With the first gubernatorial debate just a week away, is the race getting tighter?
It kind of depends on what you want to believe.
Jack Ciattarelli of late has been hyping two polls that show the race neck and neck.
One by the Club for Growth has Phil Murphy up by a mere one point. The other by pollster Adam Geller has Murphy up by only three points.
Geller earned some acclaim in 2016 for reportedly predicting the swing to Donald Trump in such battleground states as Wisconsin and Michigan.
Fast forward to 2021.
If the race truly is within the margin of error in a state where Dems outnumber Republicans by more than a million, that’s unsettling news for Murphy.
But is it?
Democrats scoff at the notion that Ciattarelli is really that close, noting that non-partisan polls, most recently one by Monmouth University, have the governor up by double digits.
And, in truth, partisan polls are notoriously suspect.
Of the two polls giving favorable news to Ciattarelli, the Club for Growth is a conservative, pro-business group and Geller is a Republican strategist and pollster.
Still, Ciattarelli mentioned the two polls – as was to be expected – during a radio appearance today on the Bernie and Sid show on radio station WABC.
This is fascinating radio and Ciattarelli was on the show for the third time. The hosts are unabashed cheerleaders for Ciattarelli, which is their right.
But that doesn’t make them political geniuses. The hosts said today that they didn’t know how New Jersey usually votes, nor did they know about the debates, of which there will be two.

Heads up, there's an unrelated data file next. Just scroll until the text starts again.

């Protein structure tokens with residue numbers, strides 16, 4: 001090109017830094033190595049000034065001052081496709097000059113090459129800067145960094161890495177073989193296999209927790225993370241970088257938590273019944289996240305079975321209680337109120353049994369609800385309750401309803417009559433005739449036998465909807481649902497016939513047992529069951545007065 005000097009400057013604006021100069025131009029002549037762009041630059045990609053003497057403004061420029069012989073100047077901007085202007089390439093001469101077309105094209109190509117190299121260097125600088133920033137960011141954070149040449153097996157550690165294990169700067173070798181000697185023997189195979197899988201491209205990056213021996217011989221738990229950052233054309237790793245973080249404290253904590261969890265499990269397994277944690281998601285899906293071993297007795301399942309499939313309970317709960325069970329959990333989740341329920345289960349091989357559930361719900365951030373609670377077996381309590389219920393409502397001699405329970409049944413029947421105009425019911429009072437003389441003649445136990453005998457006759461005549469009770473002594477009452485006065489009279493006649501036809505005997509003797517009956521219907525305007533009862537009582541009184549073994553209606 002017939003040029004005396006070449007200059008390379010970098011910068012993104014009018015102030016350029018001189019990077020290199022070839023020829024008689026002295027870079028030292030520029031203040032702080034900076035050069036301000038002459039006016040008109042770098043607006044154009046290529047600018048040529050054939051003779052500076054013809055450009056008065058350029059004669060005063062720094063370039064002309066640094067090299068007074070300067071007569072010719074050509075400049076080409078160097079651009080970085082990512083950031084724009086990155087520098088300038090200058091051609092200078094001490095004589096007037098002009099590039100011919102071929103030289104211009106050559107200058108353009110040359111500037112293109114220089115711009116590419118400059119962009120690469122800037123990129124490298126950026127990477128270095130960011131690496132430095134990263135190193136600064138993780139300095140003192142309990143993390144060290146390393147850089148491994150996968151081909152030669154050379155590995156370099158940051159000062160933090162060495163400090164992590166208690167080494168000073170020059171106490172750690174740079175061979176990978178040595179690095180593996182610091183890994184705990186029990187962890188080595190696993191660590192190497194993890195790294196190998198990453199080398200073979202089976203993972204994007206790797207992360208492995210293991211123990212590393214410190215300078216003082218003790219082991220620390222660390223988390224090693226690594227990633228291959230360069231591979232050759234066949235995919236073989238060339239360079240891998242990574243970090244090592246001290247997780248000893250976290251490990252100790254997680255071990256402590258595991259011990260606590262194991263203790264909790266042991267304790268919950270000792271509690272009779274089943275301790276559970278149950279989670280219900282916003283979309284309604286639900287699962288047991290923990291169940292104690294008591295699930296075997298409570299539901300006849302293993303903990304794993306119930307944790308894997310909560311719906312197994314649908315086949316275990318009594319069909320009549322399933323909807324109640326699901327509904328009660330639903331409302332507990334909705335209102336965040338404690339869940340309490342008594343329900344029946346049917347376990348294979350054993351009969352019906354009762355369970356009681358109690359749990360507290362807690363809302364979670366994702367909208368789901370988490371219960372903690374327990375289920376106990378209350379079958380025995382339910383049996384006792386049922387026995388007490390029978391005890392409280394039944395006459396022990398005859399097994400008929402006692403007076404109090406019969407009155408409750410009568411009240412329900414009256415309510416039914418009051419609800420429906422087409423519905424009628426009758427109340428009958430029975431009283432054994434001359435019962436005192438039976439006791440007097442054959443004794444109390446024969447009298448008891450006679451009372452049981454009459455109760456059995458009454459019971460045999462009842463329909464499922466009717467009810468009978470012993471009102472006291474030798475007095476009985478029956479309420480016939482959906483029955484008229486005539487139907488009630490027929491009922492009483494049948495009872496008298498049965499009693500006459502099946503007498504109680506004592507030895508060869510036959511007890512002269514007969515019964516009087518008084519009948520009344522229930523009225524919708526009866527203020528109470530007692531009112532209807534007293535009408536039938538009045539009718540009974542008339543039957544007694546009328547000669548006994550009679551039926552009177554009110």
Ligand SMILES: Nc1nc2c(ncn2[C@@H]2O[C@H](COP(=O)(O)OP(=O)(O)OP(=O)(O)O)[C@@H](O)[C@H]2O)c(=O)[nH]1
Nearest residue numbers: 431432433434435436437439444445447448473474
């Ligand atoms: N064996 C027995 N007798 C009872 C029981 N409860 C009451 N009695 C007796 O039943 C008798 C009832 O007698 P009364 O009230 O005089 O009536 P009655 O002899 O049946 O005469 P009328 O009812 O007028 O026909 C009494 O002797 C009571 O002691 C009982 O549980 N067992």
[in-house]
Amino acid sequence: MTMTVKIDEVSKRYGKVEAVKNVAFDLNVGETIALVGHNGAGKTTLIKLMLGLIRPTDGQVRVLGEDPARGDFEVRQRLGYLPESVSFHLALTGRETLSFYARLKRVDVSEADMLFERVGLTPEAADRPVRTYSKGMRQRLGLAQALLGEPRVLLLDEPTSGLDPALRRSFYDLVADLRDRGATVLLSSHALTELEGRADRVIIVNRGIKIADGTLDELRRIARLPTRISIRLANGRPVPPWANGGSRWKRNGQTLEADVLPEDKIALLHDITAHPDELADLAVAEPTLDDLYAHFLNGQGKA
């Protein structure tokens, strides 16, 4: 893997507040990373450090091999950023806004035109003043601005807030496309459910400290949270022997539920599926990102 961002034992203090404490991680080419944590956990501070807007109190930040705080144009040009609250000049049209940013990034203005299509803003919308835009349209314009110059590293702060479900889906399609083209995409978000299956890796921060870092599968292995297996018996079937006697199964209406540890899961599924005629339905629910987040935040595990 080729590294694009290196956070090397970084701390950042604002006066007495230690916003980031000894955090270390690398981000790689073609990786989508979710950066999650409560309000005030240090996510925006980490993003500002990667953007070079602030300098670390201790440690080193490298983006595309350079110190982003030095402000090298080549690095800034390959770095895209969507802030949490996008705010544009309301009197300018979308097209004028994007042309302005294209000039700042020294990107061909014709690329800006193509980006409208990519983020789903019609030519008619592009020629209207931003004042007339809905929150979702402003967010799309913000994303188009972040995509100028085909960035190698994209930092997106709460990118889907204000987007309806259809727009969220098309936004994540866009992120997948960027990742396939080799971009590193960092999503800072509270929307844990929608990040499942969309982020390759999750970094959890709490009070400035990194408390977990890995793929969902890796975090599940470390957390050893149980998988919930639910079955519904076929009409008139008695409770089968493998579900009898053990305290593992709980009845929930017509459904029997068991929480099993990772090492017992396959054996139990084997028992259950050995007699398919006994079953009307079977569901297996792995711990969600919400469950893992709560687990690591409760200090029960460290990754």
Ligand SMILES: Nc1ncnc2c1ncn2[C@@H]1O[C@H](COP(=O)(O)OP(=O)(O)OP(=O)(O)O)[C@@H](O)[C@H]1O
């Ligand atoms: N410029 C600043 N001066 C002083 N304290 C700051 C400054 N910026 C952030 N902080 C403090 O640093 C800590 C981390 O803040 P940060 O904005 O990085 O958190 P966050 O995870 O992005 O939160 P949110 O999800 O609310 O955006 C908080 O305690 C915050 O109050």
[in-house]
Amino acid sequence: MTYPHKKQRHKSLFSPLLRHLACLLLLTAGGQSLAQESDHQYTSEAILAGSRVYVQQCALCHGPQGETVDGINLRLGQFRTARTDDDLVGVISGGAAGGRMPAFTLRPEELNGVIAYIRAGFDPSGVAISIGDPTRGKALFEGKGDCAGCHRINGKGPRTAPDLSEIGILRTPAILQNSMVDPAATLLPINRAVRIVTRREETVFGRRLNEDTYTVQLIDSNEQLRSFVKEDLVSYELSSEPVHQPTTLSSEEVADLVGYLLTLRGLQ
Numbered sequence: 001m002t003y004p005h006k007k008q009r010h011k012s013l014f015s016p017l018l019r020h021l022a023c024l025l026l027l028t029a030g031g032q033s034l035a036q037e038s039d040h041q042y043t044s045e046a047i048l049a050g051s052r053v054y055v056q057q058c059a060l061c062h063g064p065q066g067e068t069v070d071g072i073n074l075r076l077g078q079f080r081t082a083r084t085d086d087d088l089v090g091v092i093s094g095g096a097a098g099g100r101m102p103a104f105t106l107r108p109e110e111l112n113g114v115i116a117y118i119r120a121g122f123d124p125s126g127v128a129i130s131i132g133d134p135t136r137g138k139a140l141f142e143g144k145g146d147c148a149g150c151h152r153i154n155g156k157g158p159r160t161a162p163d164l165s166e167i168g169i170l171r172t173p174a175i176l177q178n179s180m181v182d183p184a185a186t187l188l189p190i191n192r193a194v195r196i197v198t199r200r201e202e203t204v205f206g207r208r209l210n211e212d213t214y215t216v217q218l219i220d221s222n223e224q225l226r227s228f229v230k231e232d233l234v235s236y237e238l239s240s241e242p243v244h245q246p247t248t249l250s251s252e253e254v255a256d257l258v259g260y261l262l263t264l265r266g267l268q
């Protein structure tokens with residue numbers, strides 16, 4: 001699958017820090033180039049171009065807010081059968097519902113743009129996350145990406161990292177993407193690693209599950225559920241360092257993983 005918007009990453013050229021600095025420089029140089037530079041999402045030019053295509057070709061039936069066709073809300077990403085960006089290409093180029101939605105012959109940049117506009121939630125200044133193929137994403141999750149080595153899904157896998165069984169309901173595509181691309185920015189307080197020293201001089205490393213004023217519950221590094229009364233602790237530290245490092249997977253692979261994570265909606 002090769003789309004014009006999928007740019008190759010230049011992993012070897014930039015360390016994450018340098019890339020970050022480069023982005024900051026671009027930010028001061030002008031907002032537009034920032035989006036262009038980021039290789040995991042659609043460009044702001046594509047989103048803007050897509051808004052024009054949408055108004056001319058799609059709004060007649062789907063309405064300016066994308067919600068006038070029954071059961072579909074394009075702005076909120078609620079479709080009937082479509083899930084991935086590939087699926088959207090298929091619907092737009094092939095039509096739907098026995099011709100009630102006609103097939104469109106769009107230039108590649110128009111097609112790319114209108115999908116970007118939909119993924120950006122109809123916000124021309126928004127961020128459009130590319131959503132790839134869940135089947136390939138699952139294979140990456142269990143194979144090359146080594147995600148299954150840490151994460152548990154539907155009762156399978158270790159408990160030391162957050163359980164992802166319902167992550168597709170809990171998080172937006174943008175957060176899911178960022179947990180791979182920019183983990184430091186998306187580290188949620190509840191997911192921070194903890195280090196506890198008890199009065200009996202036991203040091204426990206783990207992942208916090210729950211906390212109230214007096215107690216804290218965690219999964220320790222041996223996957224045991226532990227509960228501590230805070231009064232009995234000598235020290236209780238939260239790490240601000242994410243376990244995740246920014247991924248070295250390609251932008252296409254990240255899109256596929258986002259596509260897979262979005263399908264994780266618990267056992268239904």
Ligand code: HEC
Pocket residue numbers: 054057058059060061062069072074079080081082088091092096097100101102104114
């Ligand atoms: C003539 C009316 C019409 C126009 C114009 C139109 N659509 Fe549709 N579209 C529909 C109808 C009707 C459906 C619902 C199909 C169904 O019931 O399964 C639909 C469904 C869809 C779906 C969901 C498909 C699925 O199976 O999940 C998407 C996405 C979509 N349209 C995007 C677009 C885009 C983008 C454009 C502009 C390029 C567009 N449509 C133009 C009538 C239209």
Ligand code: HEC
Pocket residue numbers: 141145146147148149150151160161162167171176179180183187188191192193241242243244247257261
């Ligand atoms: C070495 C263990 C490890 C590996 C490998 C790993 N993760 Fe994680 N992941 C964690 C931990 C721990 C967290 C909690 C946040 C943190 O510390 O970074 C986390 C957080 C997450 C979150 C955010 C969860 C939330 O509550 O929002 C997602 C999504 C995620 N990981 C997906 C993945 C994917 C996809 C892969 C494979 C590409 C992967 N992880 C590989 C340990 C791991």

The friendly hosts, of course, allowed Ciattarelli to state his main campaign themes, one of which is that under Murphy’s watch, businesses closed and jobs were lost.
This has to do with the pandemic, but Ciattarelli blames Murphy”s leadership.
He also continues to blame the governor for a late and poor response to Ida and to oppose mask mandates.
The Republican was asked if he is being given a “fair shake” by the media.
This was a hanging curveball designed, presumably, to give Ciattarelli a chance to rail against the injustices of “fake news.”
To his credit, Ciattarelli didn’t take the bait. He suggested that the campaign is not about the media, but about him.
“It’s about us to make impacts with the voters,” he said.
And on that score, Ciattarelli said he thinks he’s making a more compelling case than Murphy is.
For their part, the Murphy campaign is stepping up its attacks on Ciattarelli.
Today, Team Murphy said Ciattarelli wants to cut taxes for the rich and decrease outlays for transportation and schools.
An ad launched last week showed a video of Ciattarelli addressing a “stop the steal” rally in Bedminster about three weeks after the presidential election.
It’s obviously no surprise that Murphy wants to tie Ciattarelli to Trump.